By Will Johnson
HOUSTON COUNTY – On Thursday, May 4, a Houston County Jury convicted Alonso Donnell Irving of aggravated robbery for his role in robbing the Lovelady State Bank on Dec. 17, 2015.
After closing arguments, it took the five woman – seven man jury less than 15 minutes to render a guilty verdict in the case. Once the jury had reached its decision, the punishment phase of the trial began.
The prosecution, led by Houston County District Attorney Donna Gordon Kaspar, called DA Investigator Randy Hargrove to the witness stand to provide testimony on fingerprint evidence associated with the crime.
Irving was represented by Houston-based attorney Brock White who called Irving’s mother – Sharon Chapman – to the stand during the punishment phase and she requested leniency for her son.
With no other witnesses, both the defense and prosecution rested their respective case. The trial was recessed shortly after 4 p.m. on Thursday so the presiding judge, 3rd District Court Judge Mark Calhoon, could have documents prepared to distribute to the individual jurors before they began deliberating the fate of Irving.
The trial resumed on Friday morning, May 5, with jury deliberations. Shortly after noon, the jury emerged from behind closed doors and sentenced Irving to 45 years in the Institutional Division of the Texas Department of Criminal Justice.
At the conclusion of the trial, the D.A. provided background on the robbery in a statement to the media.
“Alonso Irving was one of the three armed and masked individuals who entered Lovelady State Bank at approximately 10:30 a.m. on December 17, 2015,” Kaspar stated.
“He, along with Ryan Scott and Allus Hubbard, entered the bank with guns drawn. Allus Hubbard went to the left side of the bank lobby, subduing all employees he encountered and Alonso Irving did the same on the right side of the lobby, while Ryan
Scott jumped over the teller counter and grabbed the teller,” she added.
“Mr. Scott repeatedly struck the teller with his pistol and demanded the money while forcing the teller towards the back of the bank,” Kaspar’s statement continued. “When Mr. Scott saw the bank’s bookkeeper on the phone, he released the teller and grabbed the bookkeeper. He struck her in the head with his pistol and forced her back to the teller window to get the money that was in the drawer there.”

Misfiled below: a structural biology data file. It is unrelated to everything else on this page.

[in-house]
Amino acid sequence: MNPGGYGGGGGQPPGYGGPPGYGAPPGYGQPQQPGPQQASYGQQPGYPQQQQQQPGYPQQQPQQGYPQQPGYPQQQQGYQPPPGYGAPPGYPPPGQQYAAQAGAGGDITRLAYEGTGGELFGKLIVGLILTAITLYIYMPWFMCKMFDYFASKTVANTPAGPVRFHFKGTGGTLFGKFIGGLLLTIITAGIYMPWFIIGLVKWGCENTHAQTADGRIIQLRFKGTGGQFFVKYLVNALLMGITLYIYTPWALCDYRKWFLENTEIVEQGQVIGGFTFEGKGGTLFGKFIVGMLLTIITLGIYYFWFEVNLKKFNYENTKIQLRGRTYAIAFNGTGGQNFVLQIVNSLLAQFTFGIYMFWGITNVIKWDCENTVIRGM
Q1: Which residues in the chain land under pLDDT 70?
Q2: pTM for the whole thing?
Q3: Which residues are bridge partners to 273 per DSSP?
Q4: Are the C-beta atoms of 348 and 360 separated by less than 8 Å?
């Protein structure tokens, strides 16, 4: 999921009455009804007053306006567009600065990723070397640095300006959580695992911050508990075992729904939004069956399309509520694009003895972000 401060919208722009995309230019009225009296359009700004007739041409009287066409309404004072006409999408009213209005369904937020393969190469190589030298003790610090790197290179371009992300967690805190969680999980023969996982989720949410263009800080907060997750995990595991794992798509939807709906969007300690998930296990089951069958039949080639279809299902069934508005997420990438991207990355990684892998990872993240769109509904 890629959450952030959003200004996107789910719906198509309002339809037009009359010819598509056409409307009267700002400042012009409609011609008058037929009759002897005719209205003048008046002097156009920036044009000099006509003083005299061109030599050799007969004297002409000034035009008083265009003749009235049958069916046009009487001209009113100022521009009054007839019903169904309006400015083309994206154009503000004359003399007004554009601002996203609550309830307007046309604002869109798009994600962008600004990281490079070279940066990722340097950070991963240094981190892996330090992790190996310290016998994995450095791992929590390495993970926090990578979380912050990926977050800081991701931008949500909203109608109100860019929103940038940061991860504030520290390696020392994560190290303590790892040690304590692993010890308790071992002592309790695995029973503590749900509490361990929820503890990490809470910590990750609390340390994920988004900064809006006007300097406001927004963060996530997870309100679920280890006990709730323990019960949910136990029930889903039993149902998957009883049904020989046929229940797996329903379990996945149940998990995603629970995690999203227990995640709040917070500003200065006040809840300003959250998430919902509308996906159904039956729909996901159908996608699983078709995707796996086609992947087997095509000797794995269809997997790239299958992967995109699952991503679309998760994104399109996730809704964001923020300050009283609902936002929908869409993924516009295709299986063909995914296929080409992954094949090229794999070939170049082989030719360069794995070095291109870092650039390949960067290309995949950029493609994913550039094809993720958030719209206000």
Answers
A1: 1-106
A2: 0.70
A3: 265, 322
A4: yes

As previously reported in The Messenger, Hubbard was the first of the three suspected individuals to be arrested. He was apprehended in Trinity by law enforcement officials when he tried to flee in a vehicle used in the robbery.
After the suspects abandoned the getaway vehicle just inside the Trinity city limits, the three robbers attempted to flee on foot. Hubbard collapsed at the scene because of a medical condition and was arrested. He was taken to an area hospital for treatment and once he received medical clearance from the hospital, he was booked into the Houston County Jail on Jan. 5, 2016.
A probable cause affidavit filed in January 2016 indicated Irving was the driver of the vehicle used to flee the crime scene and was “… observed in the bank’s surveillance system and participated in the robbery itself, having entered the bank at gunpoint, placing all occupants in the bank in fear or imminent serious bodily harm or death and then took an undetermined amount of money. (The) involved actor (Hubbard) further picked out the defendant (Irving) from a photo lineup and will testify to all action involved by all parties involved in the aggravated robbery.”